Leilah Vevaina received her PhD in Social Anthropology from the New School for Social Research in 2015. She has an MA in Anthropology from The New School (2007) as well as an MA in Social Thought from New York University (2005). Her research lies in the intersection of urban property and religious life within the legal regimes of contemporary India. She has conducted fieldwork in Mumbai, India and Hong Kong, with specific focus on the Indian Zoroastrian, or Parsi, community, with generous support from the Wenner-Gren Foundation as well as the American Institute of Indian Studies. Her book manuscript entitled, “Trust Matters: Religious Endowments, Parsis & Property in Mumbai” focuses on religious endowments and the trust as a mechanism of property management in the city.
In addition to her focus on Zoroastrian global philanthropic networks, Leilah is researching Zoroastrian death rituals and their legal and funerary infrastructures. Two articles have been published in early 2018 in Modern Asian Studies and in Political and Legal Anthropology Review. Each piece further develops the ways in which the public charitable trust structures debates over urban religious practices: the relationship of a community to its poorer members, and the rights of women who transgress religious custom, respectively. She has published an article on the current state of the Zoroastrian funerary grounds in Mumbai entitled, “Excarnation & the City: The Tower of Silence Debates in Mumbai”, as part of the edited volume, Topographies of Faith: Religion in Urban Spaces, 2014.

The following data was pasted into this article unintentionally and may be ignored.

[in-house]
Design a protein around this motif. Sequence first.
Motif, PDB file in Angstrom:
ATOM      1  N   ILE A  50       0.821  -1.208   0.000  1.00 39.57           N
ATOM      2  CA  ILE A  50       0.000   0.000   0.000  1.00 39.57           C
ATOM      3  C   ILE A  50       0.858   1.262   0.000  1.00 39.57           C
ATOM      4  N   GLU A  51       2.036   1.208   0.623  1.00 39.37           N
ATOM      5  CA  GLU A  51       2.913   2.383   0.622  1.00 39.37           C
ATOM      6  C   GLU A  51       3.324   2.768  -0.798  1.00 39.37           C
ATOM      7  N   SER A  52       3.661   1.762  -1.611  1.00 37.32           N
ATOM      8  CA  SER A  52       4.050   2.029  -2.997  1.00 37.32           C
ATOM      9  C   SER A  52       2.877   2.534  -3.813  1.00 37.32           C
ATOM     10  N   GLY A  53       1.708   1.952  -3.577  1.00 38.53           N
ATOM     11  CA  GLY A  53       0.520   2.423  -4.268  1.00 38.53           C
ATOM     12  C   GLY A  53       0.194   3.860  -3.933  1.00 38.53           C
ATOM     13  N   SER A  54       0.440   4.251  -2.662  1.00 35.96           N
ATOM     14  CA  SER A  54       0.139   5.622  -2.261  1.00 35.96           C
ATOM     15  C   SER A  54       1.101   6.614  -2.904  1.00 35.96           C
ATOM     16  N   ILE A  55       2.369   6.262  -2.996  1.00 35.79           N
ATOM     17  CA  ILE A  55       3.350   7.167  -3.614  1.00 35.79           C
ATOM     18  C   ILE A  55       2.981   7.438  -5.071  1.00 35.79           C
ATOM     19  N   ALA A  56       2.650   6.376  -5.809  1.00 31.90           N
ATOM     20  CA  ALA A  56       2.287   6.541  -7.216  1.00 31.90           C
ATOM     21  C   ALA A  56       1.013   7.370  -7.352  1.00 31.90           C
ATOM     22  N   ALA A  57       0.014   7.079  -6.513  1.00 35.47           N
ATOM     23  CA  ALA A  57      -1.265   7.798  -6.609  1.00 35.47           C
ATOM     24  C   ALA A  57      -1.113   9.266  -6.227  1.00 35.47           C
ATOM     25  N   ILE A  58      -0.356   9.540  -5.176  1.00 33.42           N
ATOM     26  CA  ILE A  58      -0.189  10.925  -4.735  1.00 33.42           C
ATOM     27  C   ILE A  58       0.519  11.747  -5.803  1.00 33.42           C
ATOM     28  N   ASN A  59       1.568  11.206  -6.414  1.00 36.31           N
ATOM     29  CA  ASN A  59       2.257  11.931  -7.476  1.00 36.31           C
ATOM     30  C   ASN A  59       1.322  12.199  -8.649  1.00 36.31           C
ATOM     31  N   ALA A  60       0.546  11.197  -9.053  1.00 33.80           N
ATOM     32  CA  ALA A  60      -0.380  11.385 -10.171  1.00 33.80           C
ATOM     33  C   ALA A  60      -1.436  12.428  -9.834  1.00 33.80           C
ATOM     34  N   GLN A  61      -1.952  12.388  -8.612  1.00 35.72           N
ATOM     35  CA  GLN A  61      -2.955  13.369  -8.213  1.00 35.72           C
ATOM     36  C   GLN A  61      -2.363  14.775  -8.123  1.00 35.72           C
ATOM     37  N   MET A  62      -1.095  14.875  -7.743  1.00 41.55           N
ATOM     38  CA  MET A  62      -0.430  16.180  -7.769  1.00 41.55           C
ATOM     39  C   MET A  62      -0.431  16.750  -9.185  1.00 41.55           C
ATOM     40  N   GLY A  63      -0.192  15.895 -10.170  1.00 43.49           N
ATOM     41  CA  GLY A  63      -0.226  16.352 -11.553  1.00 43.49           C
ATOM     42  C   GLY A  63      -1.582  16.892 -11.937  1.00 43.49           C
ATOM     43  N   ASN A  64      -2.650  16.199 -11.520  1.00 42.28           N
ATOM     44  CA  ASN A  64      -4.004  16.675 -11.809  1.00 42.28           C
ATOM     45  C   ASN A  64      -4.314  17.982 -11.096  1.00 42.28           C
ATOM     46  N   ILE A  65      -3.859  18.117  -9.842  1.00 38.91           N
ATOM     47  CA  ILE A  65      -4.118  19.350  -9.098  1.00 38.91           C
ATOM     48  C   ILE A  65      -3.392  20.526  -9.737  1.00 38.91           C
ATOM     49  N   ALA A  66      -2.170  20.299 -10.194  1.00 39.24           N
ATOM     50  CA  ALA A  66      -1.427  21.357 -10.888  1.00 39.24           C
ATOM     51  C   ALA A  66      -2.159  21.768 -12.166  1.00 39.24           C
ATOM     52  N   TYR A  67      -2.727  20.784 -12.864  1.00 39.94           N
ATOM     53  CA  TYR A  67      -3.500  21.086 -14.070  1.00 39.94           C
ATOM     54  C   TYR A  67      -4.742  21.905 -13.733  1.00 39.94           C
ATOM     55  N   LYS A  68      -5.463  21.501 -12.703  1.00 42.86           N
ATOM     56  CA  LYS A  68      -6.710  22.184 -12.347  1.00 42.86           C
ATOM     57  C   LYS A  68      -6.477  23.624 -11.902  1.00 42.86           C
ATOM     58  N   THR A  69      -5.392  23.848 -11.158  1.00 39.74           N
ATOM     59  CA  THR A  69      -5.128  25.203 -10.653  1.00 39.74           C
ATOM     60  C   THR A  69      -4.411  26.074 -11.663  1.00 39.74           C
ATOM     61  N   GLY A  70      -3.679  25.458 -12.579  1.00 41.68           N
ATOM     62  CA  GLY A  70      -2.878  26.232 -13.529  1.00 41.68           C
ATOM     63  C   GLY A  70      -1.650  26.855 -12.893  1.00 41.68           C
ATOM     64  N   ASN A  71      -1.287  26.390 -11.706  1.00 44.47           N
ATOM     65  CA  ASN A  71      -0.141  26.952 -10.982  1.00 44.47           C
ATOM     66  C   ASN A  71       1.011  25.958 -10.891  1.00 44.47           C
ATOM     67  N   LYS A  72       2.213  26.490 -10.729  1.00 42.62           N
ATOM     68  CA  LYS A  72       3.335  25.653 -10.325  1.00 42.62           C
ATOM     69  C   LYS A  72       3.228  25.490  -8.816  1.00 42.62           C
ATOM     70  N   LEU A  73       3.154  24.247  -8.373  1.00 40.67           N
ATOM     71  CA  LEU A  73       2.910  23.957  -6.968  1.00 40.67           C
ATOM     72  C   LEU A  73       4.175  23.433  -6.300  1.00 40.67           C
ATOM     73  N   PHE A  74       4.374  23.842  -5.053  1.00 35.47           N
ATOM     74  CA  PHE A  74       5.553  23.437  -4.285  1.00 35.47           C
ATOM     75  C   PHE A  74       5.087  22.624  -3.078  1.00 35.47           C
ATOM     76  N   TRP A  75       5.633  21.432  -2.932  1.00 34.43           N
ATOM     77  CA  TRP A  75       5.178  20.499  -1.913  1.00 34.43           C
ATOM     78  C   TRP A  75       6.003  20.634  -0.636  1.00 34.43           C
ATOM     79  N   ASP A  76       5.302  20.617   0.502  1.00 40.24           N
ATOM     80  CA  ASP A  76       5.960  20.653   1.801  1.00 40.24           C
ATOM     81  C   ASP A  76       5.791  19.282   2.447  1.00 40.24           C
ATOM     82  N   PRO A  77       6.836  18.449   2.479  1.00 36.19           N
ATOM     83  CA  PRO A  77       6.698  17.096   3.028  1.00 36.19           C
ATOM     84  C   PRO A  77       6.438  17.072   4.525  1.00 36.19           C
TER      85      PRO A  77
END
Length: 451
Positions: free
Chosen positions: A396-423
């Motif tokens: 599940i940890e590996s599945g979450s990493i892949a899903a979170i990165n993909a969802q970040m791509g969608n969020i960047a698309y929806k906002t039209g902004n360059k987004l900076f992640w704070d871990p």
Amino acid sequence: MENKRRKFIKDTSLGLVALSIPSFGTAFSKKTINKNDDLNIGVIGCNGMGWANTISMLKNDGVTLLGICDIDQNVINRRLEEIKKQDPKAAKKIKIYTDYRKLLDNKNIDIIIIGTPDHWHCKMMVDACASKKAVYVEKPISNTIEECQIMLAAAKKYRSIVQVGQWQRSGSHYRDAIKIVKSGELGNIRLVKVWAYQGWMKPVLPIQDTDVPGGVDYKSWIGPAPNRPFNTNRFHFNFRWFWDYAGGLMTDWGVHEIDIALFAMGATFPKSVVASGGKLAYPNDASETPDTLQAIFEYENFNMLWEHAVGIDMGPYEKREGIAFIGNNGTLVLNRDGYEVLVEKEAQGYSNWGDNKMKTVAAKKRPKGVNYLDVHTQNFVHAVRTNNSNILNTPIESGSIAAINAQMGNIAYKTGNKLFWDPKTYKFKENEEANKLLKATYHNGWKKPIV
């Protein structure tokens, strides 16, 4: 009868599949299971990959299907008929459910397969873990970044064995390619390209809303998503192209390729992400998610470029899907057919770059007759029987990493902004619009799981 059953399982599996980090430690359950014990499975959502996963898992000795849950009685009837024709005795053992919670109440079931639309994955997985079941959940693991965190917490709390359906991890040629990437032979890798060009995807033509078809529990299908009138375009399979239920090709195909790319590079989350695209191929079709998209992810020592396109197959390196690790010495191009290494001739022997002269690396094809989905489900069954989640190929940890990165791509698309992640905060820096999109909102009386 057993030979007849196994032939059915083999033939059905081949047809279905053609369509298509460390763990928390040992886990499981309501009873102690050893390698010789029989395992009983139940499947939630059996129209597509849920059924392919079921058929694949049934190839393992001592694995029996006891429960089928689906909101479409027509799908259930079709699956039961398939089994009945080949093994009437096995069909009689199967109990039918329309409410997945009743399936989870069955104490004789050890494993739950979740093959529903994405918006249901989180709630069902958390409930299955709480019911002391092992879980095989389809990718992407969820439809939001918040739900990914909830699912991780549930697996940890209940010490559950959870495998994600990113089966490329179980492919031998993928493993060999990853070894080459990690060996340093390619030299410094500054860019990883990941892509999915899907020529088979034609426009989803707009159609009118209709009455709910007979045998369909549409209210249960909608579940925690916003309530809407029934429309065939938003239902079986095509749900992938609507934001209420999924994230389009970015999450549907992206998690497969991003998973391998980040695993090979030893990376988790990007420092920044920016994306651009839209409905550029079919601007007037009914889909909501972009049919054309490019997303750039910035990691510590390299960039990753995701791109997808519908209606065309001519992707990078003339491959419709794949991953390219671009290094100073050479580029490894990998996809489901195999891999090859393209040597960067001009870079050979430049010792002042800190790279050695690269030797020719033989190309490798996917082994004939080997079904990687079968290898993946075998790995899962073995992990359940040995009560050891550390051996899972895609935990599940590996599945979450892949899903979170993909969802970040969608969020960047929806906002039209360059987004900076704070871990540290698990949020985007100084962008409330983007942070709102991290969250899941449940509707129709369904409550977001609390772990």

Contributions to a Collected edition
Vevaina, L. (2019). Adjudicating the sacred: The fates of “Native” religious endowments in India and Hong Kong. In P. van der Veer, & K. Dean (Eds.), The secular in South, East, and Southeast Asia (pp. 261-285). Cham: Palgrave Macmillan. Link
Vevaina, L. (2015). Good thoughts, good words, and good (trust) deeds: Parsis, risk, and real estate in Mumbai. In P. van der Veer (
Vevaina, L. (2018). Good Deeds: Parsi trusts from ‘the womb to the tomb’. Modern Asian Studies, 52(1), 238-265. Link
Vevaina, L. (2018). She's come undone: Parsi women's property and propriety under the law. PoLAR: Political and Legal Anthropology Review, 41(1), 44-59. Link